The United States quickly exempted Canada and Mexico from these new tariffs. The exemptions for Canada and Mexico, however, "are not open-ended." The Trump administration is currently renegotiating the terms of NAFTA and a permanent exemption will greatly depend on the progress and changes made to the twenty-five year old trade agreement. Trump was quoted, saying : "I have a feeling we're going to make a deal on NAFTA."
Why Impose a Tariff Now?
Tariffs are not a new thing. Just in January, President Trump placed a 30% tariff on South Korea and Chinese washing machines and solar panels. This did not make the same type of news as the steel and aluminum tariffs. President Trump is also not the only leader trying to protect their economy. According to the British newspaper The Guardian, "the world's 60 largest economies have imposed 7,000 new protectionist measures since the financial crisis of a decade ago, with Washington and Brussels each responsible for 1,000 of the new restrictions."
Why now? My best guess at why President Trump issued the steel and aluminum tariffs was to make good on one of his main Presidential campaign promises ahead of the mid-term elections coming up in the fall. Renegotiating NAFTA or any other major trade deal would be a significant win for the Republican Party. The other reason why I think he announced the steel tariffs now was to shoot a salvo across the bow of some of America's trading partners ahead of the G20 meeting in Argentina, where he will most likely try to begin renegotiating these unfair trade practices.
What Happens From Here?
The day before President Trump imposed his tariffs; the European Union detailed a list of U.S. made goods that it would subject to tariffs if the United States moved forward with our tariffs. President Trump was unmoved by these threats stating, "Trade wars are good, and easy to win."
After Trump's tariff announcement, China's commerce minister Zhong Shan was quoted by reporters say, "Trade war has no winners, it will only bring disaster to the economies of China, the U.S. and the world." Shan went on to say, "China does not want a trade war, nor will it actively initiate a trade war. However, we are capable of handling any challenge; we resolutely defend the interest of the country and the people."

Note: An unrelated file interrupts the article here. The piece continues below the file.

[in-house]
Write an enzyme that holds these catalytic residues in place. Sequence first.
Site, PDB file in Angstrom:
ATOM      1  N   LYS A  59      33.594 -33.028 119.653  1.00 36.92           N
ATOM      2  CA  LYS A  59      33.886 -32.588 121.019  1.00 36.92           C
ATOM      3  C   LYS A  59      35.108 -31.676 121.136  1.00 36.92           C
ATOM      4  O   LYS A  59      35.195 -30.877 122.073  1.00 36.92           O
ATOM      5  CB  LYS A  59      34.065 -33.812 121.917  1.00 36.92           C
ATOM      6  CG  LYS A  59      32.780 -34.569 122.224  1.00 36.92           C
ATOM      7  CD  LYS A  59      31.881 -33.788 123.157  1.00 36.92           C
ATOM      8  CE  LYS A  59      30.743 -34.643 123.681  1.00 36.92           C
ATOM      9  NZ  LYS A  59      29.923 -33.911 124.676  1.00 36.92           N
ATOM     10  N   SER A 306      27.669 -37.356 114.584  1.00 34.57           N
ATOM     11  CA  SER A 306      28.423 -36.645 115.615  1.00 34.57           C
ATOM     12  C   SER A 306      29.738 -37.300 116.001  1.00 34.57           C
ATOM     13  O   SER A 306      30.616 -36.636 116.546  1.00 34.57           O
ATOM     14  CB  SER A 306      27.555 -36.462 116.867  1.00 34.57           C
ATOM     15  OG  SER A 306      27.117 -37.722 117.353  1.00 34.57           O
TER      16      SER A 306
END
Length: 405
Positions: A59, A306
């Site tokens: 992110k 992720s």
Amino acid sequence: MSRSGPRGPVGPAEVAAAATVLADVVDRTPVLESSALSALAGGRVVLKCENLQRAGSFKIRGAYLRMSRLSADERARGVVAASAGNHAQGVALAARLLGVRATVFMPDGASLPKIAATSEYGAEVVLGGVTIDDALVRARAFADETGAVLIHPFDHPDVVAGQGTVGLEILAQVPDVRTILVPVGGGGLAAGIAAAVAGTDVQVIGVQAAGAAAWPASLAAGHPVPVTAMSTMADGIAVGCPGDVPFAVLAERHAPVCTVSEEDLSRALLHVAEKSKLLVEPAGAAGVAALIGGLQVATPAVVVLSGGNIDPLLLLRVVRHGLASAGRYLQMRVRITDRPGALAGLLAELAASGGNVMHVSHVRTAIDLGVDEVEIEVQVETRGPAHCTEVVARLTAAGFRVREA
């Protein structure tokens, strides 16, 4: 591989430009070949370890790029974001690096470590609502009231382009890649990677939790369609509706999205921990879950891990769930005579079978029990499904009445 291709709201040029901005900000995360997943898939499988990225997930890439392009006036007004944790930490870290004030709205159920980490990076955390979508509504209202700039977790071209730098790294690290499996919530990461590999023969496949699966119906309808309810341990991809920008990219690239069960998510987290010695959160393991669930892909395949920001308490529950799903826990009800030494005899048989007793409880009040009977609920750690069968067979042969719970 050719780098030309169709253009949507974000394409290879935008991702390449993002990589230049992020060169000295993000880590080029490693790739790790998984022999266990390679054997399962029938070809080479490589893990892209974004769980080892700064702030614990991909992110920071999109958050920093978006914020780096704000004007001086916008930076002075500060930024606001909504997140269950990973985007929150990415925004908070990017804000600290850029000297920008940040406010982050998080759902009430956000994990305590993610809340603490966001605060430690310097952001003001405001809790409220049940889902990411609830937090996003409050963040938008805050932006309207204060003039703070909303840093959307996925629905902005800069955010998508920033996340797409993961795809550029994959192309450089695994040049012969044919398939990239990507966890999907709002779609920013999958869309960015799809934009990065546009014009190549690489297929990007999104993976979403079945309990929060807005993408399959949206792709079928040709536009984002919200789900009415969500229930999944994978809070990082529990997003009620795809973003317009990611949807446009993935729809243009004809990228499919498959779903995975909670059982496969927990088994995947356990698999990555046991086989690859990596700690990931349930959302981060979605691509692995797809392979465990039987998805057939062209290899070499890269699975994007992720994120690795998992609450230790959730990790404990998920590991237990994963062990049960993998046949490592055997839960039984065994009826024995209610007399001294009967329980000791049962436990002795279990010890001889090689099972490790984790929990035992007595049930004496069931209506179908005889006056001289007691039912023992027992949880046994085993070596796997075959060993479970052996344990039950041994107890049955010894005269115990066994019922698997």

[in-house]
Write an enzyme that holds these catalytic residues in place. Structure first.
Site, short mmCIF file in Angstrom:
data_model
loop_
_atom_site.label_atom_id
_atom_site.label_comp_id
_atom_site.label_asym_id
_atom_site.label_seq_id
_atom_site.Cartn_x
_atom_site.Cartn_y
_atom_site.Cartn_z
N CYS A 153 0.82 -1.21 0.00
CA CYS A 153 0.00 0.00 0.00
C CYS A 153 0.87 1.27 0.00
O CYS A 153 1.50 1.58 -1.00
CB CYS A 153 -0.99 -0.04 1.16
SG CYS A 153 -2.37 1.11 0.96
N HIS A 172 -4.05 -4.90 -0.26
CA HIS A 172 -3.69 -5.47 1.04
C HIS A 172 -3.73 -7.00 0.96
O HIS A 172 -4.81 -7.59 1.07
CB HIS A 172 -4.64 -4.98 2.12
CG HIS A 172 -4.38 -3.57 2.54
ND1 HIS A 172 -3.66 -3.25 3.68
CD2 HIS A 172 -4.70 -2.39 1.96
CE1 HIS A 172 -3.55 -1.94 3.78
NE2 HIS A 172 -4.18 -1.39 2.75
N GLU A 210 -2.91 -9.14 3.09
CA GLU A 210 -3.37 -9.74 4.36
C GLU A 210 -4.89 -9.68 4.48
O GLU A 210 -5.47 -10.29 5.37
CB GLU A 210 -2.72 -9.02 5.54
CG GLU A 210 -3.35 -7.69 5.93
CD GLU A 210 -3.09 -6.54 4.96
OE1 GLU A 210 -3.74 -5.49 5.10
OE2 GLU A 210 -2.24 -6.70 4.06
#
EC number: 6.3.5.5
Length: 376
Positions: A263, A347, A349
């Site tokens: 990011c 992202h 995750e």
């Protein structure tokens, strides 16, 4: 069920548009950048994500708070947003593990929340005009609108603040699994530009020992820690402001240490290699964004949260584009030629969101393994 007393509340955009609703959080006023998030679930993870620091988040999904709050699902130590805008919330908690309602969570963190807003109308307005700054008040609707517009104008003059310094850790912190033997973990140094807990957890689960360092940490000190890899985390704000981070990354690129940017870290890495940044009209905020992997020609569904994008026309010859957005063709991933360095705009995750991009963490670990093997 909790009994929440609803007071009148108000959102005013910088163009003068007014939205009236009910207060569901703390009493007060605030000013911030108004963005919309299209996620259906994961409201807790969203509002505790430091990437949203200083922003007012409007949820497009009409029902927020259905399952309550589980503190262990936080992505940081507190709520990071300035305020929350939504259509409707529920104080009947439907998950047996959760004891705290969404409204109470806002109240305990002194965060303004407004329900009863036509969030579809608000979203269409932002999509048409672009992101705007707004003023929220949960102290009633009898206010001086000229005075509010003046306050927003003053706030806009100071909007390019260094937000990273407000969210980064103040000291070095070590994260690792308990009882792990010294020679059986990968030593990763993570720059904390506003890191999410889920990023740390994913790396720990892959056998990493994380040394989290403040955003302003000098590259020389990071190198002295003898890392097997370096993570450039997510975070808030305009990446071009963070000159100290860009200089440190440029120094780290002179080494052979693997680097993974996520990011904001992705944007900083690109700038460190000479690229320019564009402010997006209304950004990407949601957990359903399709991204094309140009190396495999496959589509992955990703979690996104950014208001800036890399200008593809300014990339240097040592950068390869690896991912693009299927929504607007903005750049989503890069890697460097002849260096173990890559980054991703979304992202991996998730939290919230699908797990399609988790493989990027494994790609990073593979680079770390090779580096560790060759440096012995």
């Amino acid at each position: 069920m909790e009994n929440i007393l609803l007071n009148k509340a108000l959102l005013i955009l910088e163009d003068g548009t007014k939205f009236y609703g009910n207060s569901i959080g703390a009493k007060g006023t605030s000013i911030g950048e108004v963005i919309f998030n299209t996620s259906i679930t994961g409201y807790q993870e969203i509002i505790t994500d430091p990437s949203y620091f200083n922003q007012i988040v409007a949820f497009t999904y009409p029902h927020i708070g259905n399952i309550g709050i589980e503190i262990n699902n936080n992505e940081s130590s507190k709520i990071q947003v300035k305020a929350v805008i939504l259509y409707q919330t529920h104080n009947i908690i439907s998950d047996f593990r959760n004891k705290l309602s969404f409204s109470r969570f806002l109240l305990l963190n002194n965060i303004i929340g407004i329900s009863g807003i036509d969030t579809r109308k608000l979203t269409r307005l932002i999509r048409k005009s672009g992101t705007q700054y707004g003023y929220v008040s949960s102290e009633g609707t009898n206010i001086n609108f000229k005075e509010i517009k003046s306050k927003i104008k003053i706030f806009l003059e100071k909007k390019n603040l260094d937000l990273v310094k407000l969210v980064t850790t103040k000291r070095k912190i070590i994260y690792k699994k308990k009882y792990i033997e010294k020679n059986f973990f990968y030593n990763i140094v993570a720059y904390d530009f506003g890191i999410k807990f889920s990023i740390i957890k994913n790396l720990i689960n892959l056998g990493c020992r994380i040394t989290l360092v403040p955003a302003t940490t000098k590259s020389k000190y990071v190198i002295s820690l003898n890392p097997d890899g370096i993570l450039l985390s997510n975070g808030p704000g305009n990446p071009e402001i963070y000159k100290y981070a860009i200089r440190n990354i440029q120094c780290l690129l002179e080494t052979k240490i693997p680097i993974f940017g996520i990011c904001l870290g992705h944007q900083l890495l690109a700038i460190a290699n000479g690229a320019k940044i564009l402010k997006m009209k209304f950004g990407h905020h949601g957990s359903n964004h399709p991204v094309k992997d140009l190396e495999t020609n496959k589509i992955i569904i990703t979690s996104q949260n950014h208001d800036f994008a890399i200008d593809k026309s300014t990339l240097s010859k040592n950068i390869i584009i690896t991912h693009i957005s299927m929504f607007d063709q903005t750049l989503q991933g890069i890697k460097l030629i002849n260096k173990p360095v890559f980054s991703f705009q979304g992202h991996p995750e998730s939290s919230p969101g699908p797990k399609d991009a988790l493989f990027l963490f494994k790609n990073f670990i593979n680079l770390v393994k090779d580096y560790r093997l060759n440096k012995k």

Now that this initial salvo has been shot across every country exporting goods to the United States, the Trump administration has turned its focus directly at China for their unfair trade practices. The Trump administration has reason to focus on China. China's infractions against free trade are well known and widespread. It's not just the United States that grows tired of China's trade practices. On December 13, 2017, the EU, Japan, and the United States stated that they would work together to stamp out abuses including state subsidies and forced technology transfers, a directed swipe at two of China's business practices. China is also accused of manipulating their currency to make their products cheaper to export, stealing intellectual property (e.g., music, TV programs, movies, software, copyrights, patents, brand names, etc.), providing export subsidies, and export tax rebates to name a few tactics.
President Trump also has issues with the $92 billion trade surplus (2016) that the EU held over the U.S., according to the U.S. Census Bureau. The EU and the U.S. impose tariffs on each other's goods, but the EU's are higher on average. The ECB has also been accused of manipulating the valuation of the Euro to help their trade.
President Trump's views of unfair trade practices are well founded and should be concerning to all Americans. These foreign practices have impacted our economy and have cost Americans jobs. The issue becomes "how do you renegotiate" the terms of our agreements with countries that have no reason to voluntarily renegotiate their trade practices with us.
To quote Larry Elliott, an English writer for The Guardian, "Trump sees trade negotiations as like one of his business deals: the aim is to get the other side to make concessions. He may be right in his assumption that other countries will blink first. America is, by global standards, a relatively self-contained economy: trade is 28% of GDP. That compares with 41% in China and 51% in Germany, leaving them in a much more exposed position."